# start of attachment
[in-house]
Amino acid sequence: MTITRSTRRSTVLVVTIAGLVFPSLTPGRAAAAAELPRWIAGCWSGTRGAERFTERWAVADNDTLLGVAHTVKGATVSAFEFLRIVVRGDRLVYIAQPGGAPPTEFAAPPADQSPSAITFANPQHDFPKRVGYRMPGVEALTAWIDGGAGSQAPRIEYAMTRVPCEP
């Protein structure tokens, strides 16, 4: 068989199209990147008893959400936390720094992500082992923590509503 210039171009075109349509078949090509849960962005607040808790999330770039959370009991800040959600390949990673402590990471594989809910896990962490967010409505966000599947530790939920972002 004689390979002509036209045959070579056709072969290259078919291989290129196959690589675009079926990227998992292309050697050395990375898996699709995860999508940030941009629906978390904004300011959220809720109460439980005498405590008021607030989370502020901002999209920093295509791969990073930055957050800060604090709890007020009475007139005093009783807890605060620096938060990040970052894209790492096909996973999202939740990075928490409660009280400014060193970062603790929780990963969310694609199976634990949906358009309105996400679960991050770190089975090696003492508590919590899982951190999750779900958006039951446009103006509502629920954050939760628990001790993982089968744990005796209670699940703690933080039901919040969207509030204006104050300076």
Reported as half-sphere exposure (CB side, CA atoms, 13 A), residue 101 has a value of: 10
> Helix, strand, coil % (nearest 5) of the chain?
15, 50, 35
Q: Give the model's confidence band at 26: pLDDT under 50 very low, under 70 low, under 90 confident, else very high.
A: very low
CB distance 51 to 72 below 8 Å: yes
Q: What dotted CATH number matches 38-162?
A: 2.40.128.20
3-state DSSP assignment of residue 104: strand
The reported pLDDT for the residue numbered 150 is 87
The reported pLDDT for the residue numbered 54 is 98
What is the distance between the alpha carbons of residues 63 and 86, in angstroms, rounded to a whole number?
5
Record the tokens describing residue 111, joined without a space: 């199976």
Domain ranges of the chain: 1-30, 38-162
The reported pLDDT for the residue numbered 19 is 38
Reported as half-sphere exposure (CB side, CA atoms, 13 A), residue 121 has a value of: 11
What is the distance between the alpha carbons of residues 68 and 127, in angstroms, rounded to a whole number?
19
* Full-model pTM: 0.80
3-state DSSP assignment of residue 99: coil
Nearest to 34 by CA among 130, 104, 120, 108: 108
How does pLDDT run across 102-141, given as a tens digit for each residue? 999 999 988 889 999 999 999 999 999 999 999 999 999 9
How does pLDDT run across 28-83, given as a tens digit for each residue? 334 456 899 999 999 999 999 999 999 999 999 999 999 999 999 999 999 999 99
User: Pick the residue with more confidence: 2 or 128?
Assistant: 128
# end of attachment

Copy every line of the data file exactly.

[in-house]
Amino acid sequence: MTITRSTRRSTVLVVTIAGLVFPSLTPGRAAAAAELPRWIAGCWSGTRGAERFTERWAVADNDTLLGVAHTVKGATVSAFEFLRIVVRGDRLVYIAQPGGAPPTEFAAPPADQSPSAITFANPQHDFPKRVGYRMPGVEALTAWIDGGAGSQAPRIEYAMTRVPCEP
């Protein structure tokens, strides 16, 4: 068989199209990147008893959400936390720094992500082992923590509503 210039171009075109349509078949090509849960962005607040808790999330770039959370009991800040959600390949990673402590990471594989809910896990962490967010409505966000599947530790939920972002 004689390979002509036209045959070579056709072969290259078919291989290129196959690589675009079926990227998992292309050697050395990375898996699709995860999508940030941009629906978390904004300011959220809720109460439980005498405590008021607030989370502020901002999209920093295509791969990073930055957050800060604090709890007020009475007139005093009783807890605060620096938060990040970052894209790492096909996973999202939740990075928490409660009280400014060193970062603790929780990963969310694609199976634990949906358009309105996400679960991050770190089975090696003492508590919590899982951190999750779900958006039951446009103006509502629920954050939760628990001790993982089968744990005796209670699940703690933080039901919040969207509030204006104050300076």
Reported as half-sphere exposure (CB side, CA atoms, 13 A), residue 101 has a value of: 10
> Helix, strand, coil % (nearest 5) of the chain?
15, 50, 35
Q: Give the model's confidence band at 26: pLDDT under 50 very low, under 70 low, under 90 confident, else very high.
A: very low
CB distance 51 to 72 below 8 Å: yes
Q: What dotted CATH number matches 38-162?
A: 2.40.128.20
3-state DSSP assignment of residue 104: strand
The reported pLDDT for the residue numbered 150 is 87
The reported pLDDT for the residue numbered 54 is 98
What is the distance between the alpha carbons of residues 63 and 86, in angstroms, rounded to a whole number?
5
Record the tokens describing residue 111, joined without a space: 């199976």
Domain ranges of the chain: 1-30, 38-162
The reported pLDDT for the residue numbered 19 is 38
Reported as half-sphere exposure (CB side, CA atoms, 13 A), residue 121 has a value of: 11
What is the distance between the alpha carbons of residues 68 and 127, in angstroms, rounded to a whole number?
19
* Full-model pTM: 0.80
3-state DSSP assignment of residue 99: coil
Nearest to 34 by CA among 130, 104, 120, 108: 108
How does pLDDT run across 102-141, given as a tens digit for each residue? 999 999 988 889 999 999 999 999 999 999 999 999 999 9
How does pLDDT run across 28-83, given as a tens digit for each residue? 334 456 899 999 999 999 999 999 999 999 999 999 999 999 999 999 999 999 99
User: Pick the residue with more confidence: 2 or 128?
Assistant: 128